(MADISON, Wis.) – Construction Business Group (CBG), a leading voice for the Wisconsin construction industry, announced the addition of the Wisconsin Laborers’ District Council and their signatory contractors to its organization.
On August 14, 2020, Bliss Nicholson, CEO of The Bruce Company, and John Schmitt, President and Business Manager of Wisconsin Laborers’ District Council, joined CBG’s Board of Trustees. In doing so, they pledged to promote accountability and protect the construction industry in Wisconsin.
“Our messages of accountability and economic value resonate around Wisconsin. We are excited to continue expanding the number of workers and contractors represented by our organization,” said Robb Kahl, Executive Director of CBG. “We hold companies and elected officials accountable every day. The more people committed to our mission leads to better conditions for Wisconsin construction contractors and their workers as well as better long-term investments in Wisconsin’s infrastructure for citizens.”
CBG pursues its mission of accountability through several avenues, including investigating public and private construction projects for compliance with federal, state and local regulations.
CBG also maintains a Bidder Database, a comprehensive free resource for elected officials, project owners, general contractors and engineering companies. The database contains safety, environmental and workplace conduct records of potential construction company partners.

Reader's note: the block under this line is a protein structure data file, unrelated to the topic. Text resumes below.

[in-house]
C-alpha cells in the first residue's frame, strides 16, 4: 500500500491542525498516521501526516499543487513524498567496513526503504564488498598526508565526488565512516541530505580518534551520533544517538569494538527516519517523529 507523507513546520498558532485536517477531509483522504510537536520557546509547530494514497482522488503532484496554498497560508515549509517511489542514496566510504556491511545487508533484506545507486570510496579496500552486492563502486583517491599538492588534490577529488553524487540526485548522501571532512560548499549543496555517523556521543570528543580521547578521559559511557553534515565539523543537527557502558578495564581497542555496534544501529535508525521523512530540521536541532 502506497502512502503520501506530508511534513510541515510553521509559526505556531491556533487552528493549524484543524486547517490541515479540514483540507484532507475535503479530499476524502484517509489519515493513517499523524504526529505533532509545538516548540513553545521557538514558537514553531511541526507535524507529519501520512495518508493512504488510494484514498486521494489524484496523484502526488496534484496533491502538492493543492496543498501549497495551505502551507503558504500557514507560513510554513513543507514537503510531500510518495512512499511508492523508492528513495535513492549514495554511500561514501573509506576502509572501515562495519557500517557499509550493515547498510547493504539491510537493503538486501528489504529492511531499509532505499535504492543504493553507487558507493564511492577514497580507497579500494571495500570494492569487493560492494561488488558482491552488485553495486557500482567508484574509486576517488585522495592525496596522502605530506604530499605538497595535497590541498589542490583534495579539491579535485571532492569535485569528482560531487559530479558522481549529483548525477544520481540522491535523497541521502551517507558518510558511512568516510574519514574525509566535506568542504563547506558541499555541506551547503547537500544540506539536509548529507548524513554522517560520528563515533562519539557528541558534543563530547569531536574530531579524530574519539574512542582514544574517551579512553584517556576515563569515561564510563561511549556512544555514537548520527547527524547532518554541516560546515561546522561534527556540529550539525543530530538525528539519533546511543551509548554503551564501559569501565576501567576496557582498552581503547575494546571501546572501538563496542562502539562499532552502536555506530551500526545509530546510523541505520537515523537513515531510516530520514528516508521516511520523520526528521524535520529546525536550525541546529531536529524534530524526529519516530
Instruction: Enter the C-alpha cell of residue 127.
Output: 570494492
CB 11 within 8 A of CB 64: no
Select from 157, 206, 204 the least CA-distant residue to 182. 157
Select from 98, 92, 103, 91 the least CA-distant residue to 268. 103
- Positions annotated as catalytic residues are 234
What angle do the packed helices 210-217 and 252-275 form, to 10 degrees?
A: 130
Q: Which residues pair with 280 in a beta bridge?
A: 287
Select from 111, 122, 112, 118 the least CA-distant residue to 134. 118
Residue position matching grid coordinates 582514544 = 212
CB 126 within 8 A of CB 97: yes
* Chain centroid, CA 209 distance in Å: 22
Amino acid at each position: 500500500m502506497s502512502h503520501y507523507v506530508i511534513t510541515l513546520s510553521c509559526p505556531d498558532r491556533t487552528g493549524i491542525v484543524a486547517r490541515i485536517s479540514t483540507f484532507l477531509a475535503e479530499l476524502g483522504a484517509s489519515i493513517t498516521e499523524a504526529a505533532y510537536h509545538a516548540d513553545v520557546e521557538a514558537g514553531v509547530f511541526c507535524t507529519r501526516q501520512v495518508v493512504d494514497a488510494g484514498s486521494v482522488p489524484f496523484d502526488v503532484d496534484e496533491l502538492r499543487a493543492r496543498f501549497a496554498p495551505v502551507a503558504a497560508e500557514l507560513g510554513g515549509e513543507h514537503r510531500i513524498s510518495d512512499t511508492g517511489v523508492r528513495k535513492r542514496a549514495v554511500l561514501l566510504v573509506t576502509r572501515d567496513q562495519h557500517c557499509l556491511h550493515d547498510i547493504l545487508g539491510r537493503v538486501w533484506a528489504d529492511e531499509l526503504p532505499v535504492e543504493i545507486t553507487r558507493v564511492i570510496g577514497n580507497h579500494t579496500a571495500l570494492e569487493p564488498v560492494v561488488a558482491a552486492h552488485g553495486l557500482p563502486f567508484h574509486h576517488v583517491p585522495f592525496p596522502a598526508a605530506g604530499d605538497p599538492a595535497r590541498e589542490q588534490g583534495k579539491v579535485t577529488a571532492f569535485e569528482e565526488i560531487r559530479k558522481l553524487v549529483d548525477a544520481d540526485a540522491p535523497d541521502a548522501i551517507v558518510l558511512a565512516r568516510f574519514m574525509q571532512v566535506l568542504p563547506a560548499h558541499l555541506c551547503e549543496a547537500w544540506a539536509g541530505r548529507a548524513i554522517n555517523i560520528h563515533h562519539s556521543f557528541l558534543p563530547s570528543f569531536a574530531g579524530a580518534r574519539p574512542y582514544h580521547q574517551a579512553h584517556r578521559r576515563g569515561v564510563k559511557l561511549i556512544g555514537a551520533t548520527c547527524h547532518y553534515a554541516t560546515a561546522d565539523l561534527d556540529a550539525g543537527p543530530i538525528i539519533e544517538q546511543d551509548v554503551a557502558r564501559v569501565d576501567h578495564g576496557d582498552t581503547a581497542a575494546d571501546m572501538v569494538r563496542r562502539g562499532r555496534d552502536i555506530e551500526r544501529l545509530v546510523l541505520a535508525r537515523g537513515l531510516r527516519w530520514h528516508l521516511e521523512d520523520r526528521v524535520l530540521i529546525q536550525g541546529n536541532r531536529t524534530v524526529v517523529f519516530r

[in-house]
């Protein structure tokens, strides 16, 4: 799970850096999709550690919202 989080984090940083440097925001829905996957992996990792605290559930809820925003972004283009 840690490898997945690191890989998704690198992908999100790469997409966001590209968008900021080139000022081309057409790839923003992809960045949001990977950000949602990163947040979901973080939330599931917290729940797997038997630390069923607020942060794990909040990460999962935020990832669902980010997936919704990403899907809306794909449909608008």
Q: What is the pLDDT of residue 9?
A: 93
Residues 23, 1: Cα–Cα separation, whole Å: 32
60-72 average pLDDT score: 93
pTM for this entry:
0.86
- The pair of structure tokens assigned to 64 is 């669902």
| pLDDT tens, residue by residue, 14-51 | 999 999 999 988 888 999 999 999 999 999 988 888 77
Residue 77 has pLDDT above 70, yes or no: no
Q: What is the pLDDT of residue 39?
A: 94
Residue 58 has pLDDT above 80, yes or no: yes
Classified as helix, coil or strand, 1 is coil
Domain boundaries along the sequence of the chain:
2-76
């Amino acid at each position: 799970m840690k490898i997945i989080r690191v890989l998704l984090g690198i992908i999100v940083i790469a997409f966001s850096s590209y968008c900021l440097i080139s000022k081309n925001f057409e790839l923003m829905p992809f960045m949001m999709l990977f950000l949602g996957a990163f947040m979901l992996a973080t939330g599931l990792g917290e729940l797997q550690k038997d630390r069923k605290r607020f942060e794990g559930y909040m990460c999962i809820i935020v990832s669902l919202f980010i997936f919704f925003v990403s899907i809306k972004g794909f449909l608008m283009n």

“Sadly, Wisconsin’s construction industry has been inundated with contractors—many of them out-of-state companies— that cheat on taxes, fail to properly pay workers and otherwise take work from construction companies that play by the rules. CBG attempts to level the playing field by holding the bad actors accountable,” said Schmitt.
“As CEO of a landscaping company, I see firsthand the negative impact on Wisconsin communities that results from illegal business practices in the construction industry. Misclassification and payroll fraud cost Wisconsin taxpayers over $200,000,000 a year and risk the continued existence of businesses like The Bruce Company,” said Nicholson. “CBG’s efforts to hold bad actors accountable was the driving force for my agreeing to serve on the CBG board.”